Activision Blizzard Smashes Q1 Expectations, Plans to Triple Size of Call of Duty Dev Teams
Activision Blizzard (NASDAQ:ATVI) have released their earnings for the quarter ending March 31, 2021, and it was another very good three months thanks to the ever-bountiful Call of Duty golden goose. Acti-Blizz delivered $2.28 billion in net revenue in Q1 (their fiscal year coincides with the regular calendar year), above the $2.02 billion the company was expecting. GAAP earnings per share for Q1 were $0.79, above guidance and the $0.71 investors were expecting. Activision Blizzard stock has jumped around 10 percent after-hours following the good report.
Call of Duty Aims Higher Than Ever
As has been the case for a while now, Activision Blizzard is increasingly powered by Call of Duty, which drove a 72 percent year-on-year increase in business for the Activision segment. The combination of traditional Call of Duty experiences and the free-to-play Call of Duty: Warzone battle royale has been particularly impactful, tripling the franchise’s monthly active users over the past two years to a whopping 150 million. Call of Duty: Black Ops Cold War was officially integrated with Warzone in Q1 following a delay, leading to a major boost in the former’s sales and a 40 percent year-on-year increase in MAUs. Call of Duty Mobile is also an increasingly important part of the puzzle following the free-to-play game’s launch in China. Call of Duty Mobile has been downloaded more than 500 million times and has generated over $1 billion in revenue since its 2019 launch.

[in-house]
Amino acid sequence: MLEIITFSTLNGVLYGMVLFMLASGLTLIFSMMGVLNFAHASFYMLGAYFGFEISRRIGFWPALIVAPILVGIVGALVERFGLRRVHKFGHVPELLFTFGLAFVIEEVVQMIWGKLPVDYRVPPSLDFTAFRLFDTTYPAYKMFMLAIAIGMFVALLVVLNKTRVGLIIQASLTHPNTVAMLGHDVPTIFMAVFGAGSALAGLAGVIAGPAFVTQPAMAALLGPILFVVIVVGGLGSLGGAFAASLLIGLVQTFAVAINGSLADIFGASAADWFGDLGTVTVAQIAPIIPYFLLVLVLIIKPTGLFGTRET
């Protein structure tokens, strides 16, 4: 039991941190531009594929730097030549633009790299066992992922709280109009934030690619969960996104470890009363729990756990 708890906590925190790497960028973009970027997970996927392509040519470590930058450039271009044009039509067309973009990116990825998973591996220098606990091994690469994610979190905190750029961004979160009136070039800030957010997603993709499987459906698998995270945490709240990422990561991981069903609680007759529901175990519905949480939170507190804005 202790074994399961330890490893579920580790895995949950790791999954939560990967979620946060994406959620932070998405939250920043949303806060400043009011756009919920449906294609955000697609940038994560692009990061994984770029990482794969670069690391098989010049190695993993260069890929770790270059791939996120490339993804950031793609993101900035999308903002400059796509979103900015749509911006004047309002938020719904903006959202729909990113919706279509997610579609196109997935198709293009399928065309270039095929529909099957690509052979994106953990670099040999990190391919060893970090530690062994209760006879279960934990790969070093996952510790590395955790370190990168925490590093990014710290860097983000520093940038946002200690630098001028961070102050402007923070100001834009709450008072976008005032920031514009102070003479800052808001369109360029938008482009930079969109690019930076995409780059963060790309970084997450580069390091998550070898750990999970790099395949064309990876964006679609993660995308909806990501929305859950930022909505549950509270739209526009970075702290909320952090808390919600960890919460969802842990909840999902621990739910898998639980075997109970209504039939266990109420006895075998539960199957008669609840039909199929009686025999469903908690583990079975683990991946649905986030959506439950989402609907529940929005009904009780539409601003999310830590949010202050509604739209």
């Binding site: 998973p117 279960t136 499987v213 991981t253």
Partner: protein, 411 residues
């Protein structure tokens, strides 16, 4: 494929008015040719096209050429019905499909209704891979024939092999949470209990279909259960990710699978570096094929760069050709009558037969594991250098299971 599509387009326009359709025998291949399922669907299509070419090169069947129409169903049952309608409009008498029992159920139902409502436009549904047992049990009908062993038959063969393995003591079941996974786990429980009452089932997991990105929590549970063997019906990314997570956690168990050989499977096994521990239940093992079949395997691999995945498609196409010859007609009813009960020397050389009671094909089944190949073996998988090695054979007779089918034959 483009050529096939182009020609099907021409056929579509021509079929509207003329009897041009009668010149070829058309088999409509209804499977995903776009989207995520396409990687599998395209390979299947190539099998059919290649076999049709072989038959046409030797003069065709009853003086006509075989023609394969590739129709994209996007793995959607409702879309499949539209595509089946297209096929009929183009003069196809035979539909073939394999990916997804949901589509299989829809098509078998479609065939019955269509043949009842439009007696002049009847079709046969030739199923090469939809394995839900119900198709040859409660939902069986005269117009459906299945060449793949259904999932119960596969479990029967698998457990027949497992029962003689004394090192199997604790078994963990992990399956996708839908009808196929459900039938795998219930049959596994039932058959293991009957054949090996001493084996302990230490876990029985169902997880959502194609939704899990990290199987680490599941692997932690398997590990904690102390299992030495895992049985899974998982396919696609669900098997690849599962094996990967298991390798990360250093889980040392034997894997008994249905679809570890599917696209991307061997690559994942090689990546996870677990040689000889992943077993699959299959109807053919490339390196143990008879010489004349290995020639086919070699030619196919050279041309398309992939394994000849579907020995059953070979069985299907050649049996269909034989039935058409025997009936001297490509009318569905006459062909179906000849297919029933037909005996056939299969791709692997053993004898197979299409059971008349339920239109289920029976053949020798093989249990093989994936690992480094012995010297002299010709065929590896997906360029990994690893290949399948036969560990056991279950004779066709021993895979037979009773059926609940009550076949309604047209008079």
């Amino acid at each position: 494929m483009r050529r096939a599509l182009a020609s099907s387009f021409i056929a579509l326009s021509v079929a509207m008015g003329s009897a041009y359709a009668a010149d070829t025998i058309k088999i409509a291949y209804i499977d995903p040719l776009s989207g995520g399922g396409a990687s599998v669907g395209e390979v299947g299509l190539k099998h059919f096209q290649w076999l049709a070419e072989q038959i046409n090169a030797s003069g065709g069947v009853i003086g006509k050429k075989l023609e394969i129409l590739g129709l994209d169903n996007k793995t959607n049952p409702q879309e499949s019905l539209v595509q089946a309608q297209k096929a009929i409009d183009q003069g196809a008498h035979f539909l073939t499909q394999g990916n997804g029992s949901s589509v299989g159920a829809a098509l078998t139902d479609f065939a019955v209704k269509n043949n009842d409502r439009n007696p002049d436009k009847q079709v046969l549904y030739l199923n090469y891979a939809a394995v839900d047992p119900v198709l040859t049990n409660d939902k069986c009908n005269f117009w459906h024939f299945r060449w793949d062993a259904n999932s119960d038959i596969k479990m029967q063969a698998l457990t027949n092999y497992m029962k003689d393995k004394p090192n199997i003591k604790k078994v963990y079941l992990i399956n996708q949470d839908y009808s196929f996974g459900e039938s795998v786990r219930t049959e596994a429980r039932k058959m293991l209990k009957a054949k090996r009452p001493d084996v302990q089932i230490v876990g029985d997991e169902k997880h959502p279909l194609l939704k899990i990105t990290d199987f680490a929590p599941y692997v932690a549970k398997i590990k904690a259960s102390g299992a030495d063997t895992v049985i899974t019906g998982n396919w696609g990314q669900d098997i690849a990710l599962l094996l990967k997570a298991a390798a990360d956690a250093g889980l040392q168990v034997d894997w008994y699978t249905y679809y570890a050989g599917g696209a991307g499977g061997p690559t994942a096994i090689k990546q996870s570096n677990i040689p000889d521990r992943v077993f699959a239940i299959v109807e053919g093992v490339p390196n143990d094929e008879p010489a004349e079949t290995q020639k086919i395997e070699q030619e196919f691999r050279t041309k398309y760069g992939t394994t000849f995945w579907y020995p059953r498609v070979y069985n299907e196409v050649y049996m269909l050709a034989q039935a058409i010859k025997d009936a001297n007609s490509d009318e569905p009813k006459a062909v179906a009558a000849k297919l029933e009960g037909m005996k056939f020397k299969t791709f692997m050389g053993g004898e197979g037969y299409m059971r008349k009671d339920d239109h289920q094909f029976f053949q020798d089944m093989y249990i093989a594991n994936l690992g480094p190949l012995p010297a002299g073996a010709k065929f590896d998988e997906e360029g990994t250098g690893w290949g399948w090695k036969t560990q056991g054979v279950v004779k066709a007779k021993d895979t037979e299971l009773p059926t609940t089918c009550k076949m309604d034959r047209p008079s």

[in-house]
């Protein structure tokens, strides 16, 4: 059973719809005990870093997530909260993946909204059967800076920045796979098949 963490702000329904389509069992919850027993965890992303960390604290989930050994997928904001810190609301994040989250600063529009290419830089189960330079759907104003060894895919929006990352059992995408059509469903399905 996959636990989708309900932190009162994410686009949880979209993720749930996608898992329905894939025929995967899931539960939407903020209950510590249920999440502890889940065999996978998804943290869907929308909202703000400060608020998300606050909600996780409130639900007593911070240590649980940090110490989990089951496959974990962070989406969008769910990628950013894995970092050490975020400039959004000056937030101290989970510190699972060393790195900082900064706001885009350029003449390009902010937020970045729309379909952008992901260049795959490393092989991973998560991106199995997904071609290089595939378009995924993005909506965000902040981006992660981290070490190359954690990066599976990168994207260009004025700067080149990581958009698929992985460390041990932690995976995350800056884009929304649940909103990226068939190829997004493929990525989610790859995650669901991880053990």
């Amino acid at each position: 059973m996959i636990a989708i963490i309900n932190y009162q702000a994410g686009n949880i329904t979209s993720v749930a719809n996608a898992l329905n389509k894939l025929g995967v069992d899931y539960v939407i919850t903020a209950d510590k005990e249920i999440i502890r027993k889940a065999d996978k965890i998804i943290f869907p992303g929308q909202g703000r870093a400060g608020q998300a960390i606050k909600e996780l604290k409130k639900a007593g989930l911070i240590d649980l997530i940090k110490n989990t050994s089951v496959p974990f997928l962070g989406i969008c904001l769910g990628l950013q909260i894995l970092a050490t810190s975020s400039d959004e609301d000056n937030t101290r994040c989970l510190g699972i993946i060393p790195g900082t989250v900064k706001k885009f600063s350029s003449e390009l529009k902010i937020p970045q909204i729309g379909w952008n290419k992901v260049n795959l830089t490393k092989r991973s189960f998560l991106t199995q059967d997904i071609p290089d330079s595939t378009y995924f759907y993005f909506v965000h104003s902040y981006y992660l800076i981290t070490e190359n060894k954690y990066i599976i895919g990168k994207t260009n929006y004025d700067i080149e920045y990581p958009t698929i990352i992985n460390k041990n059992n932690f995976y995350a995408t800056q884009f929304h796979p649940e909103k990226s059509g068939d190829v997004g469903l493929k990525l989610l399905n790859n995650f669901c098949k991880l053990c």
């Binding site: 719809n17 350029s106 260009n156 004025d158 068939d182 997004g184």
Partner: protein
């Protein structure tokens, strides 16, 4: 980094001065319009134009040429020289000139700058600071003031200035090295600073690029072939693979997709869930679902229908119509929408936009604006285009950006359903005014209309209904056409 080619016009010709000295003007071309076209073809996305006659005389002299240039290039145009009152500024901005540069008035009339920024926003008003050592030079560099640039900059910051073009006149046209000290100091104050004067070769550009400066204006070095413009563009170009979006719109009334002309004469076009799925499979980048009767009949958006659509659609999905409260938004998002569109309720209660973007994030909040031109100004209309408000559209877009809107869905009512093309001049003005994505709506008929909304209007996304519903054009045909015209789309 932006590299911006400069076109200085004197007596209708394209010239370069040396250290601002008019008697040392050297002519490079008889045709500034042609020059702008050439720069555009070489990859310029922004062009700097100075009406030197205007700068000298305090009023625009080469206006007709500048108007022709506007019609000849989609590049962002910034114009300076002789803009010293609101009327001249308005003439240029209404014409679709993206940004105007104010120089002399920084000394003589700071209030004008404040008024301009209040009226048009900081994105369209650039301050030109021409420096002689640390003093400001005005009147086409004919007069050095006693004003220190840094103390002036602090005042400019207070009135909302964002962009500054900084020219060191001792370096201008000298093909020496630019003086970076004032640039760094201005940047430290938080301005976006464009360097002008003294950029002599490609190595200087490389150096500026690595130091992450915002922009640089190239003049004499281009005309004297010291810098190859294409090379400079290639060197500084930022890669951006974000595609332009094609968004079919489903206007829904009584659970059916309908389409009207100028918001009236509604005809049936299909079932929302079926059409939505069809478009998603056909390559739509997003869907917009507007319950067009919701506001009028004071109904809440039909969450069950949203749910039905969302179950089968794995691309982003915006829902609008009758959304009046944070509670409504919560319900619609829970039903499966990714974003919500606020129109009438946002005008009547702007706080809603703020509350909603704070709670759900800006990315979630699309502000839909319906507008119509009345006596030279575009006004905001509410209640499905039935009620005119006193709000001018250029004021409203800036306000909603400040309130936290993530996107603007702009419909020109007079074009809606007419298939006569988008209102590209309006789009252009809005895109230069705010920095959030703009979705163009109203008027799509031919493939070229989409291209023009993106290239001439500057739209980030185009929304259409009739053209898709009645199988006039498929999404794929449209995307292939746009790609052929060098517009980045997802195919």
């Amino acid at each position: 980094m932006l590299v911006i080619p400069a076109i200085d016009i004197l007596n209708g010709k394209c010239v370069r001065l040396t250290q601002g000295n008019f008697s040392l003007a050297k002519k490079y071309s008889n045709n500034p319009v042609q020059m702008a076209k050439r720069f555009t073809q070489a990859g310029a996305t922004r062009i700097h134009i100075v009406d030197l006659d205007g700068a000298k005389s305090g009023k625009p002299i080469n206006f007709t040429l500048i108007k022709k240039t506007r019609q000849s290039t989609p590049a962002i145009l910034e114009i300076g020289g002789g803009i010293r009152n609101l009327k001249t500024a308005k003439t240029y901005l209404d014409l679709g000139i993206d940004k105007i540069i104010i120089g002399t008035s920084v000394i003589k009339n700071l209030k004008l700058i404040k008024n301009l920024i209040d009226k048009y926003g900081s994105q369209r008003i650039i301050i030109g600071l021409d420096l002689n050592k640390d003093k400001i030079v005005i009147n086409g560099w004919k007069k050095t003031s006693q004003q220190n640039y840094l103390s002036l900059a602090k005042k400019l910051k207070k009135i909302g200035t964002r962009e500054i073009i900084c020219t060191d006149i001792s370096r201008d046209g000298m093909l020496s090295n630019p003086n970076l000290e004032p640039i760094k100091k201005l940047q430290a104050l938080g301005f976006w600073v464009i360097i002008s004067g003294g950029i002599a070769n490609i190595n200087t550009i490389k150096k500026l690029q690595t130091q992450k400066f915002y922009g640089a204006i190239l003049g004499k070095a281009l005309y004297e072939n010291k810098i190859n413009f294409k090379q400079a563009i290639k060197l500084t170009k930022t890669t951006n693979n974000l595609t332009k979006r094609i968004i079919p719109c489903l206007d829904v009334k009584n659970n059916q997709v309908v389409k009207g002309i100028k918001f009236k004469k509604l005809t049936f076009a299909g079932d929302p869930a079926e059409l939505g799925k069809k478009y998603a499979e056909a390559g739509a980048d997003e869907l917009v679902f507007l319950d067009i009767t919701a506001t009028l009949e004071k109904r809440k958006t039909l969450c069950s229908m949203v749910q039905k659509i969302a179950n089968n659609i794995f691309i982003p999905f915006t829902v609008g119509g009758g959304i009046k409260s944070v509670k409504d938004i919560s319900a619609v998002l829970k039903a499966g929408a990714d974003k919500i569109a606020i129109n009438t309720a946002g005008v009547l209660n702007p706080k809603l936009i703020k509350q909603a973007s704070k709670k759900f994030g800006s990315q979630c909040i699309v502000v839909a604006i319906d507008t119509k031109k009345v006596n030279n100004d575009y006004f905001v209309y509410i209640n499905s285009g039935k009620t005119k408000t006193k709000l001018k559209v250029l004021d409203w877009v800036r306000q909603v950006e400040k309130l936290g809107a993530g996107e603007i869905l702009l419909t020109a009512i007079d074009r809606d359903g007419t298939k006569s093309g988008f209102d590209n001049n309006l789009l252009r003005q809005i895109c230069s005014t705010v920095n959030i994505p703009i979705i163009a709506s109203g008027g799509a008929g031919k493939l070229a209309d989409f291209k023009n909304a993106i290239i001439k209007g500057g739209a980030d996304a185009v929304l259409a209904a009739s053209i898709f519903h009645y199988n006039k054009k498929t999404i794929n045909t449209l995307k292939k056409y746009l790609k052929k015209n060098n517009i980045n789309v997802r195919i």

Meanwhile, the Blizzard half of Acti-Blizz continues to be increasingly all about World of Warcraft. Positive response to the World of Warcraft: Shadowlands expansion led to a respectable quarter and a 7 percent year-on-year increase in revenue to $483 million, although MAUs dropped from 29 million to 27 million. This slow decline in Blizzard’s playerbase is unlikely to reverse itself soon, as new Blizzard games like Diablo IV and Overwatch 2 won’t arrive until 2022 at the earliest. As for Acti-Blizz’s dependable King mobile game division, it continued to mine Candy Crush to the tune of $609 million in revenue.
Call of Duty 2021 Details Confirmed
Activision Blizzard used its earnings announcement and call to ensure investors the Call of Duty gravy train will keep right on rolling. Following rumors, the company confirmed that a new premium Call of Duty title will be arriving this year from Sledgehammer Games, and that the currently-unnamed game (likely to be World War II based) will integrate with Warzone. Here’s what Activision Blizzard COO Daniel Alegre had to say about the new game (thanks to Charlie Intel for the transcription)...
In particular, we are very excited for this year’s premium Call of Duty release. Development is being led by Sledgehammer Games and the game is looking great and on track for its fall release. This is a built for next generation experience with stunning visuals across campaign, multiplayer and co-operative modes of play, designed to both integrate with and enhance the existing COD ecosystem. We look forward to sharing more details with the community soon.
New Hires, New Higher Outlooks
Acti-Blizz is also using their recent Call of Duty windfall to greatly expand their development capabilities. They’ve already opened a new Sledgehammer Games location in Toronto, Canada, and have plans to hire over 2000 developers over the next year, tripling the size of their Call of Duty teams. Needless to say, if these expansion plans pan out, Acti-Blizz’s current CoD success may be looked back on as simply a prelude to much bigger things.
Following their impressive Q1 results, Activision Blizzard have raised their FY 2021 outlook from $8.23 billion to $8.37 billion, with a Q2 outlook of $2.135 billion. Given Activision Blizzard’s recent run it seems very likely they’ll meet and exceed those expectations.